SacRT, and many local politicians, want the Green Line to the Airport to be the next big transit project in the region. I have doubts, and have written about them before (Green Line to the Airport, Open houses on Green Line to the Airport, linking the colleges?, SacRT light rail extensions). Jarrett Walker, my favorite writer on transit, has posted Keys to Great Airport Transit, a great analysis […]

I have been using the RideSacRT app for a bit of time, and have some initial impressions. When I started, I could not get the app to accept credit cards, which is the only way to pay for tickets. It rejected three different cards (two credit and one debit). I asked about that via Twitter, and […]

I attended the open house meeting hosted by SacRT and it’s consultants this evening at the Sacramento Central Library, as did about 60 others. I’ve written before about the green line extension (the green line currently ends at Township 9 on Richardson), so I’ll just add a few comments now, on the bridge, multi-modal transit […]

Another list of ideas for improving SacRT. This was developed as part of my work with 350Sac Transportation Committee, but again, the ideas are mine and not the committee’s.

SacRT issues

  • funding
    • SacRT is the most poorly funded transit system of its size in California; the limited amount provided by Sacramento Measure A (through the Sacramento Transportation Authority) is insufficient to operate a transit system
    • dependence on federal funds from most system enhancements and extensions means that the system has not kept up with either population growth or increased demand
  • leadership
    • the board, composed of only elected officials, provides poor oversight and leadership
    • management is weak, unwilling to explore innovative solutions and accepting of current limitations as permanent
  • light rail
    • has a poor reputation among many commuters
    • no evening service to Folsom
    • no service to American River College
    • high-floor rail cars are inaccessible to many people
  • bus network
    • buses are too infrequent to provide effective service, with no routes meeting the definition of high frequency and only four routes meeting the definition of medium frequency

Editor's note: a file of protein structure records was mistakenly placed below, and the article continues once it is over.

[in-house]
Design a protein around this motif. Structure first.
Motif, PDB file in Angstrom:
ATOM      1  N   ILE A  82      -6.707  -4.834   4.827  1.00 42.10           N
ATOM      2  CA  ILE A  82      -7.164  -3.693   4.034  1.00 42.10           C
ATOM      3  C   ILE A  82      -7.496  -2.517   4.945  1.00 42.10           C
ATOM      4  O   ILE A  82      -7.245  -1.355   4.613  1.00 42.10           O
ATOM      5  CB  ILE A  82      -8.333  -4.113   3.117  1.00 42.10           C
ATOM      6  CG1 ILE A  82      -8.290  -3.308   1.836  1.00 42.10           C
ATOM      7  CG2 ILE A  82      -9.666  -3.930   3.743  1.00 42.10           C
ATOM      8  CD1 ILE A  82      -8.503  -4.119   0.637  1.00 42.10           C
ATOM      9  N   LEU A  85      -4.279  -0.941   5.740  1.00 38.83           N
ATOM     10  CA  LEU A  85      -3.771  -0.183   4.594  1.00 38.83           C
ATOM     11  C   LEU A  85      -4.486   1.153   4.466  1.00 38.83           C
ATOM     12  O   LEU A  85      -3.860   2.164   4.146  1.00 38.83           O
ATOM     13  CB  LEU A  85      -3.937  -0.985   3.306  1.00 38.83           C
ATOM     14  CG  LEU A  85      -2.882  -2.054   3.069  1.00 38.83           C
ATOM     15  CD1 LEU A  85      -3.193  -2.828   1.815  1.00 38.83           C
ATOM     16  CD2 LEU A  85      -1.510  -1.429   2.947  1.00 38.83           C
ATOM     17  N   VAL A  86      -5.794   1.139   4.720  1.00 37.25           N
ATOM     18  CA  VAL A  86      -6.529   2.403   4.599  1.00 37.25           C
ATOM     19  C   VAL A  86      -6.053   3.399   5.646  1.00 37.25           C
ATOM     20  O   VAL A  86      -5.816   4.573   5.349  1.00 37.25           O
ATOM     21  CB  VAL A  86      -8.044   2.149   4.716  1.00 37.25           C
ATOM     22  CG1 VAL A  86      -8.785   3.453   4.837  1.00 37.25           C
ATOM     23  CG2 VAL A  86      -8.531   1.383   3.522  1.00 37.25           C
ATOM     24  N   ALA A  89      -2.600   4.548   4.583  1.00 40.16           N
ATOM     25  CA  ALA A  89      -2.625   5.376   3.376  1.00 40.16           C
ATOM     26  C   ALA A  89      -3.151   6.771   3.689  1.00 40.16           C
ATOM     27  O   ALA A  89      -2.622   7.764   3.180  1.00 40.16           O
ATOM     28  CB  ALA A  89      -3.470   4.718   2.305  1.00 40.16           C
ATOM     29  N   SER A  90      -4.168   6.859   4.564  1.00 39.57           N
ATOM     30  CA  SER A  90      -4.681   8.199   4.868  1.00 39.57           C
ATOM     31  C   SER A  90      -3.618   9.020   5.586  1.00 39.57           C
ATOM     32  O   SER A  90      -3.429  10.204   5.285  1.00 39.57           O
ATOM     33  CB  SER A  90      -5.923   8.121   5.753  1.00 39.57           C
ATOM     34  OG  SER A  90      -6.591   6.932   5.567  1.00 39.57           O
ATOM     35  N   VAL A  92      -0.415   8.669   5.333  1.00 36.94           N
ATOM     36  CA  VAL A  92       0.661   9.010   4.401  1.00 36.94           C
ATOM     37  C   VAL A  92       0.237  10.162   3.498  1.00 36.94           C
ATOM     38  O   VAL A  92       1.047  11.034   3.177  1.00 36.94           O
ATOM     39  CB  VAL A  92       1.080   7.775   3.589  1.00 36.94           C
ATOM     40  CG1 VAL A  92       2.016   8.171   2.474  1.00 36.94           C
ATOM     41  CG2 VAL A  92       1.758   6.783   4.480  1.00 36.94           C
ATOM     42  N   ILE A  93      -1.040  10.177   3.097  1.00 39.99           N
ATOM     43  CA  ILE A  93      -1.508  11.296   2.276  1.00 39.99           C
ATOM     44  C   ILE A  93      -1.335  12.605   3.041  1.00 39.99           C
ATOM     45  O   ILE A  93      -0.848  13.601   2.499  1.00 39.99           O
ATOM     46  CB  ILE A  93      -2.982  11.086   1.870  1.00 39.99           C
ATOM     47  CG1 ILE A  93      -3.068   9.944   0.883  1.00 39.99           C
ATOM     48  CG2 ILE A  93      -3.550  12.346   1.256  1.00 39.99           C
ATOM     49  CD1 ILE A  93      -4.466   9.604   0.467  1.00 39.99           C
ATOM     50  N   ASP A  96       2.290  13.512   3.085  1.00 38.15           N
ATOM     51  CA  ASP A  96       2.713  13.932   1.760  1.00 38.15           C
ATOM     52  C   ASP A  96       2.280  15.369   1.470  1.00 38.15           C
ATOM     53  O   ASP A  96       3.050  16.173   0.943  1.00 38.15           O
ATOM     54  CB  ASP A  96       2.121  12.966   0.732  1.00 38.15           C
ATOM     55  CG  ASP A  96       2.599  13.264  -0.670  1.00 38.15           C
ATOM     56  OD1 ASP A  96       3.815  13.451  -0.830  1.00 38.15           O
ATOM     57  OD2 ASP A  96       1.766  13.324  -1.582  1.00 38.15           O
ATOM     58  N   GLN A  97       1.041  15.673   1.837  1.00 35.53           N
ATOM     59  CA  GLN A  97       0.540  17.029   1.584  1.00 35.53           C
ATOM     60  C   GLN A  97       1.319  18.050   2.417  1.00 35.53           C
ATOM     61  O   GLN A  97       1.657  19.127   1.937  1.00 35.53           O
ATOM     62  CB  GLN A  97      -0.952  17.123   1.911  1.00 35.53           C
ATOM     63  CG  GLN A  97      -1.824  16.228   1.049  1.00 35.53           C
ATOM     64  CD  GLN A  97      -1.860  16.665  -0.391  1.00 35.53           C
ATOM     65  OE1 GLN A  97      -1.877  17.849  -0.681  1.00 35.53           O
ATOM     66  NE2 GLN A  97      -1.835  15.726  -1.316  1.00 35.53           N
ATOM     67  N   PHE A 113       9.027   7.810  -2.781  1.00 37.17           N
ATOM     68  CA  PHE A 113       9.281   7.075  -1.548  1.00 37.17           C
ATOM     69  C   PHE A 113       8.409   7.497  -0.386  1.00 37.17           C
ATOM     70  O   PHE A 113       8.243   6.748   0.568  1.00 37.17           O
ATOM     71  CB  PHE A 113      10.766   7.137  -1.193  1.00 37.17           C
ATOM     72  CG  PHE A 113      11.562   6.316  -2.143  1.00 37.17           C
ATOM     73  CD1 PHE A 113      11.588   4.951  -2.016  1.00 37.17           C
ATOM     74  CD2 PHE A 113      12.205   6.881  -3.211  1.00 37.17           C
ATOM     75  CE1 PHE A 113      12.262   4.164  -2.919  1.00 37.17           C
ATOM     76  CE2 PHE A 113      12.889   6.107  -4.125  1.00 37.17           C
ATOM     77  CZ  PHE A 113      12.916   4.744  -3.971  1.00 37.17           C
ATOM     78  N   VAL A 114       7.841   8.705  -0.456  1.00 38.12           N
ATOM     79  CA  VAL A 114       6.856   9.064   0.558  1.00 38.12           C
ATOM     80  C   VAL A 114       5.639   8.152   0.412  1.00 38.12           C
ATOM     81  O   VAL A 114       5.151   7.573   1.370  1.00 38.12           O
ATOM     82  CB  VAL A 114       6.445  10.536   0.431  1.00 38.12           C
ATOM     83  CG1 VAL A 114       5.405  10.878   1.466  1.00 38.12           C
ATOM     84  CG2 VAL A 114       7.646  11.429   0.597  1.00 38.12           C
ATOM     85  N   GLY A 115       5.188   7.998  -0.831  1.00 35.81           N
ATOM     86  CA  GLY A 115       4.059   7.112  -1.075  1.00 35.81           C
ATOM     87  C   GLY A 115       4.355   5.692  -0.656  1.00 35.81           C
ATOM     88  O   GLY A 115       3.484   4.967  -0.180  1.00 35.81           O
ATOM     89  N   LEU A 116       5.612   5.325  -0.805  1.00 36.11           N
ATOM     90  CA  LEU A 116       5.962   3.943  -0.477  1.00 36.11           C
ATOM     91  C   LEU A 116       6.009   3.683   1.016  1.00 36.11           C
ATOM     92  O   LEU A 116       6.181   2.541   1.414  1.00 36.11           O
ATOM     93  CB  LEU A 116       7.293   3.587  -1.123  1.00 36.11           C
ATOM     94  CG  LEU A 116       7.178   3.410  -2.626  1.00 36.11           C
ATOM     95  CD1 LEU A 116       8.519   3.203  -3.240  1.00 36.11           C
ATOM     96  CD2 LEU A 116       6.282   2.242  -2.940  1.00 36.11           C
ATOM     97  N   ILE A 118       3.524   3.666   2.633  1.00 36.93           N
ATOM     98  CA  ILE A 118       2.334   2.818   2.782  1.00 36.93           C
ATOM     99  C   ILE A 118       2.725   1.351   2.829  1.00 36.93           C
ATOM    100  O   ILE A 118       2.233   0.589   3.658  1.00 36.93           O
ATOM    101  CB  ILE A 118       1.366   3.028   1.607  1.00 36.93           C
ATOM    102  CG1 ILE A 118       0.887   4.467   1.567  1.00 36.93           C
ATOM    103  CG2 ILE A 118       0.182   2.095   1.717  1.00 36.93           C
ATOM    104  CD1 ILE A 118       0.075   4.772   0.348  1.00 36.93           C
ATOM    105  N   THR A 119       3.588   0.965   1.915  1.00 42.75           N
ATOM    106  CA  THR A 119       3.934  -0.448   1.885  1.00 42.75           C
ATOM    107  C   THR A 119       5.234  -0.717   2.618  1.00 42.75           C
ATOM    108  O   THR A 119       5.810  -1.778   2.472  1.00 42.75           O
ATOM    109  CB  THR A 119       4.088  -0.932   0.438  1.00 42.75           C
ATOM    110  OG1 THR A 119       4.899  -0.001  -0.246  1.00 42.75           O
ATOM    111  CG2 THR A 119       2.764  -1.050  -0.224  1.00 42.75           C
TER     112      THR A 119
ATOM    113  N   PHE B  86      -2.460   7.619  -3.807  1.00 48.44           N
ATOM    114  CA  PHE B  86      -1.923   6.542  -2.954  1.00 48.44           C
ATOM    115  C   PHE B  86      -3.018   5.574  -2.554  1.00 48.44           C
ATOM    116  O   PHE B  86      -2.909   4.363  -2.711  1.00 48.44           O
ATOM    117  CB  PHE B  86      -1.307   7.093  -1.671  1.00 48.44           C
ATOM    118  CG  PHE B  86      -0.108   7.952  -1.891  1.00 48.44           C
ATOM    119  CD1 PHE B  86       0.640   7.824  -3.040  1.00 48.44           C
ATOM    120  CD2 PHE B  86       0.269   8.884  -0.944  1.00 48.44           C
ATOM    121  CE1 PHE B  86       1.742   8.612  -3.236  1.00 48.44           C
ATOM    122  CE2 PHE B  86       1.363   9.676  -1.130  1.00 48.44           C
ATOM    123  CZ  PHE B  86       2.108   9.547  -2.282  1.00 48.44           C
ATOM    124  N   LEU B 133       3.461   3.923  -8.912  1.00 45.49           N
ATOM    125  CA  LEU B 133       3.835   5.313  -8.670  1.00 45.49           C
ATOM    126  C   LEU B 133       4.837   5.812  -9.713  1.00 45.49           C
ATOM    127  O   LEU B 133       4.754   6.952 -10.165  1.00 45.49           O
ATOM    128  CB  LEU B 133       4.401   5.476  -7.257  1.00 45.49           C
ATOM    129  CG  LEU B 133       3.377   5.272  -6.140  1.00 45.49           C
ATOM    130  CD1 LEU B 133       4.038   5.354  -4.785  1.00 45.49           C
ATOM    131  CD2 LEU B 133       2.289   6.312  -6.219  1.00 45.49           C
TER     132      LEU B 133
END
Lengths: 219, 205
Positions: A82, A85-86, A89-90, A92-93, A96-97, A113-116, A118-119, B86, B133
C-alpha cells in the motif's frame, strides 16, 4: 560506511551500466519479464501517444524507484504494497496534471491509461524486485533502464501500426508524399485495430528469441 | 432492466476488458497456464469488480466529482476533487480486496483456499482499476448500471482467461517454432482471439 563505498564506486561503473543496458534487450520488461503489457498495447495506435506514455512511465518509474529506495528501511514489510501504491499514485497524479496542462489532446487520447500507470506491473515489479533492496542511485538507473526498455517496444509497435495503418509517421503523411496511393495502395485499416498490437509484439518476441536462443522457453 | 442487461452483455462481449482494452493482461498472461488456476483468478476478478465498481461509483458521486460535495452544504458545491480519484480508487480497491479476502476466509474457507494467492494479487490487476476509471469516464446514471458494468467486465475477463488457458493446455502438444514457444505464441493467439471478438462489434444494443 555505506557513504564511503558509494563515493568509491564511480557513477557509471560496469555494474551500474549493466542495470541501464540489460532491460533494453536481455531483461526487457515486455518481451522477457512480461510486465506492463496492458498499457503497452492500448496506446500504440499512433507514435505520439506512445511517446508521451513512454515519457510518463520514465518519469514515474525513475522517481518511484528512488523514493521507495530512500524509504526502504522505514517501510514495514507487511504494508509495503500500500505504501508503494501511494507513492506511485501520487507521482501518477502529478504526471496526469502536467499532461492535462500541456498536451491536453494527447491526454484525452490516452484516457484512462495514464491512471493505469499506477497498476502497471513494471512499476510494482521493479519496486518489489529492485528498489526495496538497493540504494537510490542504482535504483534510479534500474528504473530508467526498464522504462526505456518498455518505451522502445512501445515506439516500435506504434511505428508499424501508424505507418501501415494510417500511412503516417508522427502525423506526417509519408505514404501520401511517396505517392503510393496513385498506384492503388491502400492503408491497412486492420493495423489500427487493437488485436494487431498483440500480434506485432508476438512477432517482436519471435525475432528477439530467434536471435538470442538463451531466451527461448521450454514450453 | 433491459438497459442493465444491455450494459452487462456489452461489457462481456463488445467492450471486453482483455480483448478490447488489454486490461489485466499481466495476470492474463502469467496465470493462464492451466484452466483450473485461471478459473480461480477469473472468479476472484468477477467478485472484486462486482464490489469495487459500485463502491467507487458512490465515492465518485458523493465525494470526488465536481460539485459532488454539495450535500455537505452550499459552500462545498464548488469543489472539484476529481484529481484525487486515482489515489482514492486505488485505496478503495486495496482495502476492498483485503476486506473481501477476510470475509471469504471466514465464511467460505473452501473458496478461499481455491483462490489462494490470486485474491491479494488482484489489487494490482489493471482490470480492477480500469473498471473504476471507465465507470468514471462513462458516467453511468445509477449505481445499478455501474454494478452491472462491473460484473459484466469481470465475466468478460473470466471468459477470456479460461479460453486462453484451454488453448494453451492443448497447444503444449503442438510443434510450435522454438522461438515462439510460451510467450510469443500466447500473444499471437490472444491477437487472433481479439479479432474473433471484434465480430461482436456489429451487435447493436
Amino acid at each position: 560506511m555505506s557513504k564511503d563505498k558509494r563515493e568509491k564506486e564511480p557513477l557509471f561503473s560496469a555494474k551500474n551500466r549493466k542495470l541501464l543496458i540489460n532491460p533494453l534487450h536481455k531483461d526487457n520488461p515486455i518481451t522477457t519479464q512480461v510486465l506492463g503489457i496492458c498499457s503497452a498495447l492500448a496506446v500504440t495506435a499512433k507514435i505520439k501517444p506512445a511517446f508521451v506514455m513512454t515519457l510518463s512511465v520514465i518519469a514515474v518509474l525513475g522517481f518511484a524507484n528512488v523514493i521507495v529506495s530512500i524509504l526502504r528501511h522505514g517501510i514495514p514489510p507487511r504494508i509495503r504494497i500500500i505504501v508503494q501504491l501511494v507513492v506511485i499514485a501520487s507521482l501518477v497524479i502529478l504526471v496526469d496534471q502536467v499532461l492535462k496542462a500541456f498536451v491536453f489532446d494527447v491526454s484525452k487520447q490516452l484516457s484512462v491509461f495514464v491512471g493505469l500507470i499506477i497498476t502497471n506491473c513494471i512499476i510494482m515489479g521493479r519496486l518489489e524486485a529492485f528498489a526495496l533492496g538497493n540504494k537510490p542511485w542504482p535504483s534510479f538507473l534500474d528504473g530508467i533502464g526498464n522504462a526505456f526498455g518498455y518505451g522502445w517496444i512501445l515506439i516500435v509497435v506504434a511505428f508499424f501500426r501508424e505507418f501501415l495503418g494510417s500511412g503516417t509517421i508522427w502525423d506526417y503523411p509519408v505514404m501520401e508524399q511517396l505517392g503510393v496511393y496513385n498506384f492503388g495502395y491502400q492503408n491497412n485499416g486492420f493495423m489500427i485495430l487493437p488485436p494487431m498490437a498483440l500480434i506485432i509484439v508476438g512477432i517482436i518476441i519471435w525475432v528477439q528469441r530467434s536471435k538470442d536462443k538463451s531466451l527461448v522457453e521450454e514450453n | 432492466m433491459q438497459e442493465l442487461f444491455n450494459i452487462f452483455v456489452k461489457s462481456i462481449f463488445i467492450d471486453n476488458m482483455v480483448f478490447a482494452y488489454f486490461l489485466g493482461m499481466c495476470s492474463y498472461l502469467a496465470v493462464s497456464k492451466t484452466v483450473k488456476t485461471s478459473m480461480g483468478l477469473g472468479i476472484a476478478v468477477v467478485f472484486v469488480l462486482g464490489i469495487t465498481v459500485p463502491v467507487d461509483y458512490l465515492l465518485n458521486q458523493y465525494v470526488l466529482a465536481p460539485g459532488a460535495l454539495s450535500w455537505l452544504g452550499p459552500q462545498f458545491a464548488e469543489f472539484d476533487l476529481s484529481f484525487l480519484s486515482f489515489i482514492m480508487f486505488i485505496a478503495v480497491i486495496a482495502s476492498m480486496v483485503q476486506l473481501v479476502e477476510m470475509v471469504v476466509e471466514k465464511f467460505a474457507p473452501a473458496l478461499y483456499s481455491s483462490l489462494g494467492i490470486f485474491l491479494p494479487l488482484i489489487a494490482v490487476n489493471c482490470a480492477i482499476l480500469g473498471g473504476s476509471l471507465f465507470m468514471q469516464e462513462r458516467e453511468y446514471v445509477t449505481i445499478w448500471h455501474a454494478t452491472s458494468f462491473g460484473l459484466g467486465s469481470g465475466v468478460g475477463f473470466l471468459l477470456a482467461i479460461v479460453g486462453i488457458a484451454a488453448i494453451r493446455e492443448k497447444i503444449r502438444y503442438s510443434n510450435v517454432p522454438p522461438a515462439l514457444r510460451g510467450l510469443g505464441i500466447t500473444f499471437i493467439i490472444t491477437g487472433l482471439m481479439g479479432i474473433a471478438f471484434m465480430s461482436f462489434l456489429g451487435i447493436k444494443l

• routes deviate into neighborhoods in an attempt to maximize coverage, but the result is a loss of functionality and timeliness
  • land use
    • SacRT is ineffective in large part becuase land use decisions have resulted in an urban/suburban/exurban pattern that cannot effectively be served by a transit system
    • SacRT has little to no input into land use decisions
  • fare card system (ConnectCard)
    • the fare card system has been delayed for more than a year
    • there is no evidence that the fare card system will address equity issues such as low-income users without bank accounts and credit cards being able to purchase cards and passes
  • bike parking
    • the lack of secure bike parking at light rail stations and major bus stops reduces transit use and usability
    • SacRT has refused to provide on-demand bike lockers at stations, though Folsom has provided them at stations within the city

SacRT solutions

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Houston has been in the news recently, and will certainly be today, opening day, for their revised transit system which created a network of high frequency (service every 15 minutes or better, 15 hours a day, 7 days a week) transit lines. The map below left shows this new system, only, and clicking goes to the high resolution image on the Houston METRO website. The map below right shows the entire system, with lines that don’t meet the high frequency definition. The system was redesigned with the help of Jarrett Walker, transit consultant and author of Human Transit, which I posted on yesterday and will be posting a lot more in the near future.

Houston METRO Frequent Network

Houston METRO System

So, what’s the story in Sacramento?

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Note: I discovered yesterday, to my chagrin, that I had a number of draft posts dating back to early 2013, which I’d never finished. So I’m going to post them now, all in a flurry. Some of these issues I’ll get back to and do an in-depth and up-to-date post, and some of them I […]

A summary of SacRT issues and my blog posts (even more): bicycle capacity on light rail: https://gettingaroundsac.wordpress.com/2013/01/21/bike-capacity-on-light-rail/ bicycle storage at light rail stations and bus transit centers: https://gettingaroundsac.wordpress.com/2013/08/26/bike-storage-at-light-rail/ level boarding for light rail: https://gettingaroundsac.wordpress.com/2013/01/17/level-boarding-with-low-floor-light-rail-cars/ funding: https://gettingaroundsac.wordpress.com/2015/02/05/improving-sacrt/ (more information about other funding options) station amenities: https://gettingaroundsac.wordpress.com/2013/08/31/a-thirst-for-working-water-fountains/ (other amenities to address) light rail extensions: https://gettingaroundsac.wordpress.com/2015/01/05/sacramento-region-transit-projects-in-2015/ (more analysis needed) [added SacRT light rail extensions] bus rapid transit: https://gettingaroundsac.wordpress.com/2015/01/05/sacramento-region-transit-projects-in-2015/ (much more detail needed) […]